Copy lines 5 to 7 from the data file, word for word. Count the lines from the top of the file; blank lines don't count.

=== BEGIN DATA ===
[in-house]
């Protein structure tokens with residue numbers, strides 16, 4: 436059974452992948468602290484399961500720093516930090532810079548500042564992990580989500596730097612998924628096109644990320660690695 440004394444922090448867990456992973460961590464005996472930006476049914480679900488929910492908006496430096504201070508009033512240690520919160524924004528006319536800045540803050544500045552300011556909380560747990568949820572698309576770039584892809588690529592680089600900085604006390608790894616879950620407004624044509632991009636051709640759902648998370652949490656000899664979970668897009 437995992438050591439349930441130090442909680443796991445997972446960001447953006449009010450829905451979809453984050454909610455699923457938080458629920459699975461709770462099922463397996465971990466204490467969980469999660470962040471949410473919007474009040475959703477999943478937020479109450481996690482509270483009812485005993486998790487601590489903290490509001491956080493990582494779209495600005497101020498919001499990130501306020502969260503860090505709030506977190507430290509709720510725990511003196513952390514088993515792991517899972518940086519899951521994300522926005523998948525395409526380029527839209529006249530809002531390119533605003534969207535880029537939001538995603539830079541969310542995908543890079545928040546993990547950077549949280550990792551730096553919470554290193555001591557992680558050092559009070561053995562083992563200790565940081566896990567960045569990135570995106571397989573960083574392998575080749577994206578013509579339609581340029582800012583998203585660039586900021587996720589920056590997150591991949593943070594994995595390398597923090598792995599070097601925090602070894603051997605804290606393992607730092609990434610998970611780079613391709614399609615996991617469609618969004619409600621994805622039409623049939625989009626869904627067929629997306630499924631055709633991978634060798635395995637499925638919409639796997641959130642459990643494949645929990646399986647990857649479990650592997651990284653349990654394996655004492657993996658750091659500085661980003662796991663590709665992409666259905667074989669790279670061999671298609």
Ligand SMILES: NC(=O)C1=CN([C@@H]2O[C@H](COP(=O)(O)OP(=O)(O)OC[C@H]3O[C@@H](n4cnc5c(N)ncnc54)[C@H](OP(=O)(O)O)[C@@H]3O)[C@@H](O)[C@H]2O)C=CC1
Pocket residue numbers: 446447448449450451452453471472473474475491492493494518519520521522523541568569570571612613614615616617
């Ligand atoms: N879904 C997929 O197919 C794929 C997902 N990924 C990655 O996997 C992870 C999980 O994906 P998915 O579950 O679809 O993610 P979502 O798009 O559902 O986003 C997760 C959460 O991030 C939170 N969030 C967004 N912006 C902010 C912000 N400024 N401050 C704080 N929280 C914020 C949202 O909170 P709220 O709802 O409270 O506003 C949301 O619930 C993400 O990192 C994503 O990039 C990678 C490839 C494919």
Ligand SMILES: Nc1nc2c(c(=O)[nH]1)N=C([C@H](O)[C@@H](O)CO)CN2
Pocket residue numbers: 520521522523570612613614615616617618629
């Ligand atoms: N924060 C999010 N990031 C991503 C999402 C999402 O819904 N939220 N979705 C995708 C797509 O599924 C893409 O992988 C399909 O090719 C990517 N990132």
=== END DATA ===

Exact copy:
């Ligand atoms: N879904 C997929 O197919 C794929 C997902 N990924 C990655 O996997 C992870 C999980 O994906 P998915 O579950 O679809 O993610 P979502 O798009 O559902 O986003 C997760 C959460 O991030 C939170 N969030 C967004 N912006 C902010 C912000 N400024 N401050 C704080 N929280 C914020 C949202 O909170 P709220 O709802 O409270 O506003 C949301 O619930 C993400 O990192 C994503 O990039 C990678 C490839 C494919």
Ligand SMILES: Nc1nc2c(c(=O)[nH]1)N=C([C@H](O)[C@@H](O)CO)CN2
Pocket residue numbers: 520521522523570612613614615616617618629